Bisphosphonates. These potent antiresorptive agents are an obvious option in preventing the rapid bone loss, that occurs mainly in the early phase after transplantation and that is associated with increased bone resorption. Studies using intravenous pamidronate (0.5 mg/kg), given at the time of renal transplantation and 1 month later, prevented bone loss at the apparent 4 years after transplantation (82). Similar results have been reported in a controlled randomized study of 34 patients with cystic fibrosis (83), and in non-randomized studies of heart (84), lung (47), and liver transplant recipients (85).

The use of pamidronate was also effective in the prevention of the ongoing bone loss when initiated 2 years after transplantation in 13 cardiac and 21 liver transplant recipients (86). Another intravenous bisphosphonate, zoledronic acid, has been used in a randomized double-blind, placebo-controlled trial of 62 patients after liver transplantation. It was administrated in a dose of 4 mg 7 days before and 1, 3, 6 and 9 months after the transplantation. At the end of 12 months, it was demonstrated that zoledronic acid had effectively prevented bone loss (87). Several studies conducted in transplant recipients demonstrated that the use of oral alendronate (10 mg daily) was effective in reducing bone loss at the femoral neck and lumbar spine in both early and late periods after transplantation (58,88-90). In summary, oral or intravenous bisphosphonates, in conjunction with calcium and vitamin D, are effective in preventing post-transplantation bone loss when started shortly after grafting. The optimal dose, timing, and frequency, particularly of intravenous bisphosphonate administration, remain to be determined.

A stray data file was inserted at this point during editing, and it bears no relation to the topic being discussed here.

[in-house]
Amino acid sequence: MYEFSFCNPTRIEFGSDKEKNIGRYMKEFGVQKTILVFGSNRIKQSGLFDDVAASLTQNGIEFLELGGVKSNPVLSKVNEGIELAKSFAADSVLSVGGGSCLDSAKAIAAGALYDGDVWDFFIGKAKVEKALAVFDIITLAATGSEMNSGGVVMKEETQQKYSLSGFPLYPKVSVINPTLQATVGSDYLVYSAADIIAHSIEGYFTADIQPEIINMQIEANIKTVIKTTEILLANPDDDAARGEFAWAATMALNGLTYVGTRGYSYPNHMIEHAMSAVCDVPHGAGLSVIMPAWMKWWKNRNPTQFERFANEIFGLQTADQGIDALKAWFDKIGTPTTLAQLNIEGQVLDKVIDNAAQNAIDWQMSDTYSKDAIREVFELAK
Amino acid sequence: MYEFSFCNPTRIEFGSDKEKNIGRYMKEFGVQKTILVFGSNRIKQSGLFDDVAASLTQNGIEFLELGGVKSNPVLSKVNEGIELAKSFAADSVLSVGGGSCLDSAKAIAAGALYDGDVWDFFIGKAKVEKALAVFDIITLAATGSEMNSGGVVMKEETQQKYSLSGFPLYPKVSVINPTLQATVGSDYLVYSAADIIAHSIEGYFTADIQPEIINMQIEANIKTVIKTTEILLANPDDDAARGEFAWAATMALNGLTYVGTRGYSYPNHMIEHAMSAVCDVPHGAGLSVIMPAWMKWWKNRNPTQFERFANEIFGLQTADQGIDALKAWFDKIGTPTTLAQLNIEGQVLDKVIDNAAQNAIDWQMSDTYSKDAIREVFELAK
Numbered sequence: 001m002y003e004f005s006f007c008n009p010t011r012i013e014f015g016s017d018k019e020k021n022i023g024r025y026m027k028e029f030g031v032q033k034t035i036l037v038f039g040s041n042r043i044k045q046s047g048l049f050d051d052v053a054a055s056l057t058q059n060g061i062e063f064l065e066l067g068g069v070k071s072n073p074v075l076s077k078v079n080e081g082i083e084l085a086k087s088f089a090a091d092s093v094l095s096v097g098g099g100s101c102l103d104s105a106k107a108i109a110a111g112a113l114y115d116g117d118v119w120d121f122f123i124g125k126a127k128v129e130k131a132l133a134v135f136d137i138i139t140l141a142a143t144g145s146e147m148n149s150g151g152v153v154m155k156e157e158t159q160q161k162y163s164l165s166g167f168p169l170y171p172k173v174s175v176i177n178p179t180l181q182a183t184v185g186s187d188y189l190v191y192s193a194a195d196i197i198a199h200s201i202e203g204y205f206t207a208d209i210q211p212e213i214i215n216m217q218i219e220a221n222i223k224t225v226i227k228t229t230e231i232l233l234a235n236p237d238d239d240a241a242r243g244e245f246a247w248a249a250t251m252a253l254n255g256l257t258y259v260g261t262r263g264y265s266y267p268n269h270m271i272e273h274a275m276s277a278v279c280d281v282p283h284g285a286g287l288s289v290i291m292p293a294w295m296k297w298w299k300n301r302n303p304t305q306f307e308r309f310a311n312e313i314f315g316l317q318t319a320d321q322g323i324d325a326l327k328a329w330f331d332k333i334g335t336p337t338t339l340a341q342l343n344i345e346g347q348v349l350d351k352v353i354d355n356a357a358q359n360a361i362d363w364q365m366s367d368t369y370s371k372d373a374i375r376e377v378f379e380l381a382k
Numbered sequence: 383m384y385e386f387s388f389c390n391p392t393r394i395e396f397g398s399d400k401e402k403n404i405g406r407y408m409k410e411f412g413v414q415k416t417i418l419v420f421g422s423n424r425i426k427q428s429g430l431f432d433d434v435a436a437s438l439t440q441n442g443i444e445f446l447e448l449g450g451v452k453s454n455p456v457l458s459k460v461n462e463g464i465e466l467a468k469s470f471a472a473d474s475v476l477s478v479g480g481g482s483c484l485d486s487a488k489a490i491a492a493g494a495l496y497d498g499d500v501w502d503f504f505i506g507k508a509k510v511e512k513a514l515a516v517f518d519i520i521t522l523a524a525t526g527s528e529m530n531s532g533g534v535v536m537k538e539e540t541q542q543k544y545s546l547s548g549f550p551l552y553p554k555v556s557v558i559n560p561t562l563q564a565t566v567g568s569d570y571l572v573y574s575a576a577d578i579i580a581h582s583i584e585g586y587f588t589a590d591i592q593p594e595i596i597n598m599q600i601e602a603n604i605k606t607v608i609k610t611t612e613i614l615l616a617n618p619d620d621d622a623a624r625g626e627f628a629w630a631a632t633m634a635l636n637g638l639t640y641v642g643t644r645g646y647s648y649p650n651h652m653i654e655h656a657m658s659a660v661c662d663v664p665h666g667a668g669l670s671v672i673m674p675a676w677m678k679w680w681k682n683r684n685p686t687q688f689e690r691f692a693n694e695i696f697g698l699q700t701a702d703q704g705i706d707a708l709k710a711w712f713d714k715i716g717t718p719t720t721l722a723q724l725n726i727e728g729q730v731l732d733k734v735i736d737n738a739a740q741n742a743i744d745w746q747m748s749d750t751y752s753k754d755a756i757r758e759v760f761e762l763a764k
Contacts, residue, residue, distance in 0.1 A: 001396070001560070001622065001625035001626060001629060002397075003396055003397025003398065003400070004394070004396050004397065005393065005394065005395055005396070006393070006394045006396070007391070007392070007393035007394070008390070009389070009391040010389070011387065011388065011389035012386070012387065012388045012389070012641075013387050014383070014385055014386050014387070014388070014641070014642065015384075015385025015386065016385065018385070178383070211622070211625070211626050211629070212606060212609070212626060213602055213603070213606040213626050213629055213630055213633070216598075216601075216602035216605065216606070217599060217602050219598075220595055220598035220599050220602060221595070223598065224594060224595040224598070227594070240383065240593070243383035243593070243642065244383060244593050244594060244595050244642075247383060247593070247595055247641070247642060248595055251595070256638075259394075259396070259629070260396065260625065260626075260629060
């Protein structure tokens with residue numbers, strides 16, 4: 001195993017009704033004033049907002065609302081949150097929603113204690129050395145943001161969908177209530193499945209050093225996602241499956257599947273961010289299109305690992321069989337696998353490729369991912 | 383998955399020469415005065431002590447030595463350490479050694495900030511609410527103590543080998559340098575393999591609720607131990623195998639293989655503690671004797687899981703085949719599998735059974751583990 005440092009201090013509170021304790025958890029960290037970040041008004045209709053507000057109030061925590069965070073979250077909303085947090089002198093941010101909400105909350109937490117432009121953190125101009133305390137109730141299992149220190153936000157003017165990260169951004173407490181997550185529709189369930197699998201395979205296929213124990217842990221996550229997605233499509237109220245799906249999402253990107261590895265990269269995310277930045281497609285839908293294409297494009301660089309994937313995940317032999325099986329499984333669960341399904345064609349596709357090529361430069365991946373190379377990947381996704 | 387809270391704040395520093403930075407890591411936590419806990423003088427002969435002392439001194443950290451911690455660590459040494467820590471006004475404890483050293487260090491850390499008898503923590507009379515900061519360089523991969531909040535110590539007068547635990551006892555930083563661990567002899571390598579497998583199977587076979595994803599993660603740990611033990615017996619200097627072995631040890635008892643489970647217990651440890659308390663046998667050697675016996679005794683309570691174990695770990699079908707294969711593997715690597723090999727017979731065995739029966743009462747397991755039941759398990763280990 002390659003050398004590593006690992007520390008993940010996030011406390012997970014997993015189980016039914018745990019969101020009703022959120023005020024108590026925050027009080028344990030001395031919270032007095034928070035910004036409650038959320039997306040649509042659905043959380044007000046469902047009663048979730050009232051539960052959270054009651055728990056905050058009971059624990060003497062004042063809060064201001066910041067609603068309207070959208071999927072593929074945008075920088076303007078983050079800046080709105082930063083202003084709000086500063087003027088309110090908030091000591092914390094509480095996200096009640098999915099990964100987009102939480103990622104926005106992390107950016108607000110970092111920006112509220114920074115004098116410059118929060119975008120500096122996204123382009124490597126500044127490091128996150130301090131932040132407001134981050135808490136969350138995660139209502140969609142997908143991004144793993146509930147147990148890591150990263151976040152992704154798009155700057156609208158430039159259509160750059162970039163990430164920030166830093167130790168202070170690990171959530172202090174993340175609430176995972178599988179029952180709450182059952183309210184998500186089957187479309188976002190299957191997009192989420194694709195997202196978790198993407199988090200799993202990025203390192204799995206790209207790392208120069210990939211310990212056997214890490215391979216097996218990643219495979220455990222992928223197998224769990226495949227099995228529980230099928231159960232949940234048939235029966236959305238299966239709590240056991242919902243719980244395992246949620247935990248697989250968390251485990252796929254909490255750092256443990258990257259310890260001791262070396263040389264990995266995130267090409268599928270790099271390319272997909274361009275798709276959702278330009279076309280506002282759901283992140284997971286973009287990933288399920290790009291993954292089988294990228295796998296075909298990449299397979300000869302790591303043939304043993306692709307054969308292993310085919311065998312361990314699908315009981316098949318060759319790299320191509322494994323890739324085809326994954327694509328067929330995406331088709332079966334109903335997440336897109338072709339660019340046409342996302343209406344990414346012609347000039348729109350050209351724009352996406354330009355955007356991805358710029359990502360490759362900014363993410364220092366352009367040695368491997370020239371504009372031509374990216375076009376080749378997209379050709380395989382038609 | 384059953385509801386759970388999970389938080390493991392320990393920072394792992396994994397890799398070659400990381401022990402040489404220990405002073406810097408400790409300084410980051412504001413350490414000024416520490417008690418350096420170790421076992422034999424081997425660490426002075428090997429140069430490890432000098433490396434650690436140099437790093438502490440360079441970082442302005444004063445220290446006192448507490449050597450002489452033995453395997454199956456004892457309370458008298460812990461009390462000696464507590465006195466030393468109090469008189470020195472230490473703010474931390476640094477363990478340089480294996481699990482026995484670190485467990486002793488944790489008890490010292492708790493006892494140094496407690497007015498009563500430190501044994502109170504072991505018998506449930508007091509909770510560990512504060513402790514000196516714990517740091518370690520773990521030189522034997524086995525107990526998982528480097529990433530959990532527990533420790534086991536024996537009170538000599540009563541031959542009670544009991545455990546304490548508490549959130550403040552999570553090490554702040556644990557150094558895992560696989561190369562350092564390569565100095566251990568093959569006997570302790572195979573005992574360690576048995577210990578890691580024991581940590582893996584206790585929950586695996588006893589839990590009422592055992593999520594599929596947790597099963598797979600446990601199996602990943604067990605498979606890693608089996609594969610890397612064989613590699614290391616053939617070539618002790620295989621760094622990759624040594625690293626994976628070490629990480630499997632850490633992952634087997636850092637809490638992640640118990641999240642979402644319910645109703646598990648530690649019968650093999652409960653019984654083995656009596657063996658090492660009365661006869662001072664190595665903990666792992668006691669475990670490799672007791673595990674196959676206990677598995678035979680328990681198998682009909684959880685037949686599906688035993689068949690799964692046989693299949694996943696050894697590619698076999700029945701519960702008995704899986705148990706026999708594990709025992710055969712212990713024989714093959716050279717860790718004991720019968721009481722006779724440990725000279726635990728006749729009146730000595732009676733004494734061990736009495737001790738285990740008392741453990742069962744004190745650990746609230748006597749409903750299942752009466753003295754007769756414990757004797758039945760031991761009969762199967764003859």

Patients with end-stage organ failure and candidates for all types of transplantation have significant risk factors for osteoporosis and abnormal mineral metabolism before the organ transplantation. The exposure to high doses of glucocorticoids and calcineurin inhibitors such as cyclosporine A and tacrolimus, is associated with rapid bone loss and high fracture incidence immediately after transplantation. Effective therapies should incorporate pre-transplant measures to treat preexisting bone diseases and also aggressive prevention of bone loss during the first six to 12 months transplantation. The optimal dose, timing and frequency of administration of these therapies remain to be determined. At present, most controlled trials lack sufficient statistical power to demonstrate efficacy for fracture prevention. More studies are required to determine the best agent and route of administration to prevent this common complication of organ transplantation.



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Address for correspondence:
Carolina A. Moreira Kulak
Rua Agostinho Leão Júnior 285
80030-013 Curitiba, PR, Brasil

Received in 05/30/06
Accepted in 06/10/06